Friday, 21 October 2016

My life as a tapestry - 7 (summer of lavatories)

This panel, which depicts events from my 20th year, seems busier than the others. It may be that the pace of life speeds up as one approaches adulthood, but I think the clutter is quite a good metaphor for my summer of 1967.

It was the first time I’d lived away from home for a significant period, staying in Mick’s student flat in Leytonstone with a shifting population of his university mates, foreign visitors, old school friends etc. I worked in a series of casual jobs around Newham – although luckily not in the Tate & Lyle factory in Silvertown shown here, a dark satanic mill if ever I saw one.

Dark and satanic were my own feelings too, in that summer of love. I had failed to get into several Art Colleges to do a degree – blew the interview every time. And my relationships with friends and girlfriends were all going wrong. As the Greek junta goose-stepped into Athens and BP’s chartered tanker Torrey Canyon dumped millions of barrels of crude into the sea off Cornwall, I hit the rocks with Wendy, my lover of the past two years, two very attractive Swedish friends in London for the summer, and my good friends Paul and Bev whose holiday I nearly wrecked by pulling out of the arrangement at the last moment.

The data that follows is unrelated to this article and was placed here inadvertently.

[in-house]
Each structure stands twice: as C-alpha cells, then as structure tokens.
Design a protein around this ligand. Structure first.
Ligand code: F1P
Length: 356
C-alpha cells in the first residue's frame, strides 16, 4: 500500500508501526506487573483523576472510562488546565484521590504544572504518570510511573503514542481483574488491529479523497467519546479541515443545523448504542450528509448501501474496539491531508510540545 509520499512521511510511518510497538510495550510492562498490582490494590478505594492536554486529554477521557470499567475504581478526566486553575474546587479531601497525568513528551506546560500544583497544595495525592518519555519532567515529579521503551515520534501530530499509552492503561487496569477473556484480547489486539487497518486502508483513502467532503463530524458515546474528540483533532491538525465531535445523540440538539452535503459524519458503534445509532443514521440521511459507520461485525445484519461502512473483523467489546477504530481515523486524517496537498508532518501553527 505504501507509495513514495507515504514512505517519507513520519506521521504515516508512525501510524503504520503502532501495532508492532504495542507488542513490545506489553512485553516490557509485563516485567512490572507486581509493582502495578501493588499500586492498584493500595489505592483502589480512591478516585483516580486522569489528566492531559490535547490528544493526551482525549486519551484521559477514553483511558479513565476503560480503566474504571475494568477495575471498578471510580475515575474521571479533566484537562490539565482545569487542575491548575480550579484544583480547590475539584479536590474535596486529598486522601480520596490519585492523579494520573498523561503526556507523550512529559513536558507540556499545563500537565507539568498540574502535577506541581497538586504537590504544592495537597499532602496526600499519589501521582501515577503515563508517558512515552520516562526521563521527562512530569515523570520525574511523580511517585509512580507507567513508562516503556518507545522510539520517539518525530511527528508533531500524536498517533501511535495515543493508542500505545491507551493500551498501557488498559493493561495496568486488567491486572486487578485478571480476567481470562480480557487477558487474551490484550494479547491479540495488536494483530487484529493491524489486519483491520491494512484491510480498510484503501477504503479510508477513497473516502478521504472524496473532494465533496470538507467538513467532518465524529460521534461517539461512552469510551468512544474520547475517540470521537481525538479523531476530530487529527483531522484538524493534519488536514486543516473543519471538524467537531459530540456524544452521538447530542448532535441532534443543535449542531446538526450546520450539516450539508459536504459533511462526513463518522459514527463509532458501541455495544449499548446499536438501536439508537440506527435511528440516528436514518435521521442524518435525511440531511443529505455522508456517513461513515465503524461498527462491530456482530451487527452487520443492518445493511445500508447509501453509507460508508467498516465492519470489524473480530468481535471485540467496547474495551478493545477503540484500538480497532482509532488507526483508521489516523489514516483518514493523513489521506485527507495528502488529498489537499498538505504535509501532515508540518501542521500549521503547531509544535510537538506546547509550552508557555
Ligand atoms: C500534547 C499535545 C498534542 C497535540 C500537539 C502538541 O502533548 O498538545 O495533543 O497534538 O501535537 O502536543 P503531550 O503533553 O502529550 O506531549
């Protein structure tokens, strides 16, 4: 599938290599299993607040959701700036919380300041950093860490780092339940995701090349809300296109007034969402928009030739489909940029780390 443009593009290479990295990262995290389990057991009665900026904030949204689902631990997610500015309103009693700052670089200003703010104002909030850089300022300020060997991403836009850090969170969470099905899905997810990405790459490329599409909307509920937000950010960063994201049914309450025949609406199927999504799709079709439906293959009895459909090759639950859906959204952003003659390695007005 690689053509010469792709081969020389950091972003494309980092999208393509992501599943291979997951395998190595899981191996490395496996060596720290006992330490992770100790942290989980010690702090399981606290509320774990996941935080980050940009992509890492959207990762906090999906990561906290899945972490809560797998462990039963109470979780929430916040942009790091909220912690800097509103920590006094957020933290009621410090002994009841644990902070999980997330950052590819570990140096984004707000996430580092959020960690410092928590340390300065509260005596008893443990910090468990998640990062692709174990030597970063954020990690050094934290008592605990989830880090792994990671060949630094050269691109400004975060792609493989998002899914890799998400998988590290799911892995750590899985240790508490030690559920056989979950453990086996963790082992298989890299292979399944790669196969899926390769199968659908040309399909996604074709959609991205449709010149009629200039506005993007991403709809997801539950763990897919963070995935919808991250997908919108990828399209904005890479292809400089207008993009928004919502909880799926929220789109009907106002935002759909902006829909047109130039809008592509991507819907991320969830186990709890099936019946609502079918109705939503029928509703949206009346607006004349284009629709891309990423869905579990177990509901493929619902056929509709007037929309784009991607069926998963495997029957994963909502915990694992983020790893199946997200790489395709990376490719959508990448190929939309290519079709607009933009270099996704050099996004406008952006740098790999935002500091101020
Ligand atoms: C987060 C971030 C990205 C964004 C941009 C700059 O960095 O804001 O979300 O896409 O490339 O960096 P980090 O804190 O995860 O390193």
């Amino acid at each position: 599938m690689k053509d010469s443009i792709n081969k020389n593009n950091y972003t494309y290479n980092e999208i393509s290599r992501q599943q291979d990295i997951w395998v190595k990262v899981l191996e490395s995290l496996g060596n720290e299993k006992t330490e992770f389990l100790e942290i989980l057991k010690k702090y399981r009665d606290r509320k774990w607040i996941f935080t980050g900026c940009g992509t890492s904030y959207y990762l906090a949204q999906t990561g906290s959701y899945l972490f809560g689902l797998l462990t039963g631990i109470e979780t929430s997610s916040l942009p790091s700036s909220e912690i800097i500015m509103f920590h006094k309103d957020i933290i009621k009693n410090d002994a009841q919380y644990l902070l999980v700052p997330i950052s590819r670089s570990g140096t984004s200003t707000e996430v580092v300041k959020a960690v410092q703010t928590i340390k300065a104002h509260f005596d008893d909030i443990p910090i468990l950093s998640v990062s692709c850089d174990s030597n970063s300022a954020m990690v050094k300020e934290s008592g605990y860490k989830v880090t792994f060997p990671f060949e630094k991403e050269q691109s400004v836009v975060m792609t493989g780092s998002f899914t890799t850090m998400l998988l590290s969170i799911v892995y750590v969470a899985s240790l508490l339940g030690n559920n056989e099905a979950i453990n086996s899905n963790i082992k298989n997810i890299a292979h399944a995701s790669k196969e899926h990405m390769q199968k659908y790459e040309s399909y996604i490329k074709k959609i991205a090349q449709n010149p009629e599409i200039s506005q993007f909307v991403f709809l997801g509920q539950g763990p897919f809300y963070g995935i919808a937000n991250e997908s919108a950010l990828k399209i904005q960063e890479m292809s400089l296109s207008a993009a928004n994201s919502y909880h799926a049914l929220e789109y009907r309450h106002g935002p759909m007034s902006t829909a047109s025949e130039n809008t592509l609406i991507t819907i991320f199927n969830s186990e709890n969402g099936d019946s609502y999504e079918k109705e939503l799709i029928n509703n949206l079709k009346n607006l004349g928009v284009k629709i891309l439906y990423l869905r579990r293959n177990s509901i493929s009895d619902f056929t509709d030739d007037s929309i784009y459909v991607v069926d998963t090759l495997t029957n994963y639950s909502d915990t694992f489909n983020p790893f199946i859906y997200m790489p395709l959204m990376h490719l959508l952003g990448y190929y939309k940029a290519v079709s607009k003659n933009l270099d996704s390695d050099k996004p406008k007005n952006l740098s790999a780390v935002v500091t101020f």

Throughout the emotional turmoil I still got an odd sense of satisfaction from learning how to carry stacks of 12ft 6-by-2 deal planks around a timber yard, paint railings and nail down bitumen roof-coverings for the Council, and unblock school toilets without gagging. 

(I notice this is the 2nd time a toilet has figured in this tapestry – clearly a theme is developing here. I guess the toilet is also quite a good metaphor for a set of emotional problems that took root around this time and continued to unsettle me for most of my adult life).

The cod Latin rendering of ‘All you need is love’ is therefore more than a little ironic. As, for different reasons, is the image of Charles De Gaulle, whose firm ‘non’ scuppered the Wilson government’s efforts to take Britain into the then Common Market, for the second time in four years.

But ‘swinging London’ and the hippy revolution went on anyway, without me. My only consolation for a pretty miserable summer was the Beatles singing their sixties anthem with all their celebrity friends on television – the first global, live, TV broadcast ever, and a cracking pop song.